Subtitles open doors because more people will enjoy your videos. As a translator, I write transcripts used for subtitling. If you need subtitles for your film or video, what should you do?
First, it’s important to understand the difference between subtitles and captions. Let’s look at Rev.com‘s definition of each:
Captions: “Captions are designed to increase video accessibility for individuals who are deaf or hard of hearing. Captions are a transcription, usually word-for-word, of the video’s spoken dialogue, and may not exactly match the pacing of the dialogue or action.” (Captions are often generated by AI.)
Subtitles: “Subtitles are a translated version of a video’s transcription, meant to give the viewer a real-time experience of what is happening on screen….Typically subtitles are intended for use by viewers who do not speak the language used in the video, but who can still hear other sounds, like music, and can tell which person is speaking.”
If you need subtitles for a video, how do you get them? There are three main steps.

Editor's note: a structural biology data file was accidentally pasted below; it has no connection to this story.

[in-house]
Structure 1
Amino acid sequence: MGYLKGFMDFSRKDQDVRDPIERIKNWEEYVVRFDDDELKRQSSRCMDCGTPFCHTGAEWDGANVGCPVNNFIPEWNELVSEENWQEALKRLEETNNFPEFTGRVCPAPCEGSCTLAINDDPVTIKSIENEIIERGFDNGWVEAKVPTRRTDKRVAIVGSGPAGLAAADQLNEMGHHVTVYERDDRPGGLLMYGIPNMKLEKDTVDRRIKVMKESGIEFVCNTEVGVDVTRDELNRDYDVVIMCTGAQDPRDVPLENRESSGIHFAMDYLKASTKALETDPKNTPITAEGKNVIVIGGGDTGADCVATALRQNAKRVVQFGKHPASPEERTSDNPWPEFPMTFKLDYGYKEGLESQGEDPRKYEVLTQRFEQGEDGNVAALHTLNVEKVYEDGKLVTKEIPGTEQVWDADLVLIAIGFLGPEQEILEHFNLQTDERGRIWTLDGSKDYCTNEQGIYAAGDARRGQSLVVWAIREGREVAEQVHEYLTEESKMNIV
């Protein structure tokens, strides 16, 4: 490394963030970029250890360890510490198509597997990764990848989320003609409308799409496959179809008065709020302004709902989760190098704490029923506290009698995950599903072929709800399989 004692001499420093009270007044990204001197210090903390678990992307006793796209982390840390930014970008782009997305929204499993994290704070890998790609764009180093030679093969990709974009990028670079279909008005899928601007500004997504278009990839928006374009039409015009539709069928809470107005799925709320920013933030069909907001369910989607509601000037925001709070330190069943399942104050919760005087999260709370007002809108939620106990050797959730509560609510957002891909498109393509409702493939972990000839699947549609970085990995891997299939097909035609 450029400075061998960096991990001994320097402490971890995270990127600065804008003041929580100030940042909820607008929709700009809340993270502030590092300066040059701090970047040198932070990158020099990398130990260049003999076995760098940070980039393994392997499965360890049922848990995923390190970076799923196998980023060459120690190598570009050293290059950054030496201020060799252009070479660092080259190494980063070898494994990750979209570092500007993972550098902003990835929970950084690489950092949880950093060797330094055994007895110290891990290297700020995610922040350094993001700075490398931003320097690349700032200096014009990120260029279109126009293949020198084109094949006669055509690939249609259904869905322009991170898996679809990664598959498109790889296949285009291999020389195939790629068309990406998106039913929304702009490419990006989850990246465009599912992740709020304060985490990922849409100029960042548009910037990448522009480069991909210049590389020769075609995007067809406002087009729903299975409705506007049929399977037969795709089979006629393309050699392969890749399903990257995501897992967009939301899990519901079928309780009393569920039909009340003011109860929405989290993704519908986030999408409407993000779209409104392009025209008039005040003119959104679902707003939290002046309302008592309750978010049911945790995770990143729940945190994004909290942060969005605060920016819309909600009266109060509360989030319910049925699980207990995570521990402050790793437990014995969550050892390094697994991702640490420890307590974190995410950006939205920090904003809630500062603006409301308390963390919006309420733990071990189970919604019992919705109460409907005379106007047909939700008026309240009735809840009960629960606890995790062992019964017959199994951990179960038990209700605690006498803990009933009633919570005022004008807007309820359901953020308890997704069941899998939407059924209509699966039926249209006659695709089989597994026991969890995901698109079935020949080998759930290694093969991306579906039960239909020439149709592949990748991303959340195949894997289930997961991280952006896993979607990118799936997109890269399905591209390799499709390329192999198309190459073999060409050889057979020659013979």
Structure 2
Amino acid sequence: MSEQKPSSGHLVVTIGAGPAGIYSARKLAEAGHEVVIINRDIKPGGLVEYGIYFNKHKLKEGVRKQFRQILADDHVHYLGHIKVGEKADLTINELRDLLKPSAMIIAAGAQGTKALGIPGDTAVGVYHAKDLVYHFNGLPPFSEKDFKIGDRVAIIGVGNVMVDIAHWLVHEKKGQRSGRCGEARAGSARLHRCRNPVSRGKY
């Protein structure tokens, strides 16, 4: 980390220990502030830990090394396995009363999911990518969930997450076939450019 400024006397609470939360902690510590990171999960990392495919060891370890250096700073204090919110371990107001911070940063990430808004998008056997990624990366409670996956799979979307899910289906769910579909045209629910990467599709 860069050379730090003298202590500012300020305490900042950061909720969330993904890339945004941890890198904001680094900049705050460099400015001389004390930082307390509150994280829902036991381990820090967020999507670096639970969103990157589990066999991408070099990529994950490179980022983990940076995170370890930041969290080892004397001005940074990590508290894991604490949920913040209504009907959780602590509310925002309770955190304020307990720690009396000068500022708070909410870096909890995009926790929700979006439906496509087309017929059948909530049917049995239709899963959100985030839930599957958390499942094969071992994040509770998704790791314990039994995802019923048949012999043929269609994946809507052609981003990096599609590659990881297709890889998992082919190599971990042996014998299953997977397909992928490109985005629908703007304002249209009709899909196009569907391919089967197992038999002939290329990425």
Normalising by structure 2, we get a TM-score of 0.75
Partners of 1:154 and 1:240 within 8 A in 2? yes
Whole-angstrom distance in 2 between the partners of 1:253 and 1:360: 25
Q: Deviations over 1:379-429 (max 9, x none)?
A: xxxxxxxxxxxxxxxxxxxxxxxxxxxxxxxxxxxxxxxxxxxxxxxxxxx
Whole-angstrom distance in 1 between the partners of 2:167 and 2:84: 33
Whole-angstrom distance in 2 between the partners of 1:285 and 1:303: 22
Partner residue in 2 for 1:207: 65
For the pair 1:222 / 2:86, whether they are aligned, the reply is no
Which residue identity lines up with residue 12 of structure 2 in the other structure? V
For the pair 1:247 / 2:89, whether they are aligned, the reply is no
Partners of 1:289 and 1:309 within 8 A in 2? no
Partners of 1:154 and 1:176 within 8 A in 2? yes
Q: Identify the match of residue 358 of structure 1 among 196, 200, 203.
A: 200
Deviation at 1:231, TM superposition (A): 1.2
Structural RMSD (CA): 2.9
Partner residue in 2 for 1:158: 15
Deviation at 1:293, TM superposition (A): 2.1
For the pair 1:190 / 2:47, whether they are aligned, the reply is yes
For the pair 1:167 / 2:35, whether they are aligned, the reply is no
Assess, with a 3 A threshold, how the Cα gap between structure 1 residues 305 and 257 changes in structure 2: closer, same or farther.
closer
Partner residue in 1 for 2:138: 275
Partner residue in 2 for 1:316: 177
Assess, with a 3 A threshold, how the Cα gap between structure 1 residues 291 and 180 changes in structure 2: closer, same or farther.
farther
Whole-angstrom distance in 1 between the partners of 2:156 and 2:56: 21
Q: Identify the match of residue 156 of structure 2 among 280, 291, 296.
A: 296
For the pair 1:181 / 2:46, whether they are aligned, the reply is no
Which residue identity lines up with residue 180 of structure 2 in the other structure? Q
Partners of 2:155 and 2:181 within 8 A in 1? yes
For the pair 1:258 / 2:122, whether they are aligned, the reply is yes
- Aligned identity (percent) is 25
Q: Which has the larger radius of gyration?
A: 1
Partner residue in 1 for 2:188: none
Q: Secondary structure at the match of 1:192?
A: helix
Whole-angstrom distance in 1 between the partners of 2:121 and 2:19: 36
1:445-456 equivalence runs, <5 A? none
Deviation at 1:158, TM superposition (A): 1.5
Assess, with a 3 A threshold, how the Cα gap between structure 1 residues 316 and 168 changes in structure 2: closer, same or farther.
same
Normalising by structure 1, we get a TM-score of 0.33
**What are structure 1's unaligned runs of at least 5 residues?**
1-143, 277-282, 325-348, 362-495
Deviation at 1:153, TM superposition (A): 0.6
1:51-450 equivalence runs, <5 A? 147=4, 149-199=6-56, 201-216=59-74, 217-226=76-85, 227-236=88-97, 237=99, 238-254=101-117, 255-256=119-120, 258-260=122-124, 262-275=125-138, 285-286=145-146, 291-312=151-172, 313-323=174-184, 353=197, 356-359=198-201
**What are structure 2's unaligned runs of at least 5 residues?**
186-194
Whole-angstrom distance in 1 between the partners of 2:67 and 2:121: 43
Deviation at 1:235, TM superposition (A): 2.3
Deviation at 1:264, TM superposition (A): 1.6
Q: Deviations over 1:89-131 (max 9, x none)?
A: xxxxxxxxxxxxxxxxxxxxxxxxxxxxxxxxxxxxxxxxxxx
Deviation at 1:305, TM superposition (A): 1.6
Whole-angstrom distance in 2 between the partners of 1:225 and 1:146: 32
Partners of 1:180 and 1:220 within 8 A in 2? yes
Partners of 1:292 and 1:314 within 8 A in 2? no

First, someone will watch your video and transcribe (write down) the audio. They will usually include time stamps in the transcription. Sometimes a transcription is generated with AI, and a human goes through later to correct errors. Sometimes it is generated only by a human, which costs more but will be more accurate.
Second, that transcription goes to the translator. The translator writes everything in the target language.
In the final step, a professional will use software to input the subtitles. A good subtitling professional will know how to match the target-language dialogue to the pacing of the video so that it flows naturally and matches what’s happening on screen. They rely on the time stamps to help them.
Translating for subtitles can be a lot of fun! I recently wrote the English subtitles for a few episodes of a Spanish-language sitcom called “Todo por Lucy” (“All for Lucy”). It will be available in the United States and Latin America. Inspired by the American show “I Love Lucy”, it stars two well-known Mexican actors: Daniel Tovar as Ricky and Natalia Téllez as Lucy. It’s a fun, lighthearted series, and I was giggling as I worked!
If you hire a translator and/or a video editor for subtitles, make sure to give them as much time as possible to get the job done well. This helps them to avoid errors and make the right language choices. We can all think of times when subtitles miss the mark, resulting in awkward or incorrect meaning. But excellent subtitles make you forget you’re reading subtitles—so you can just enjoy the show!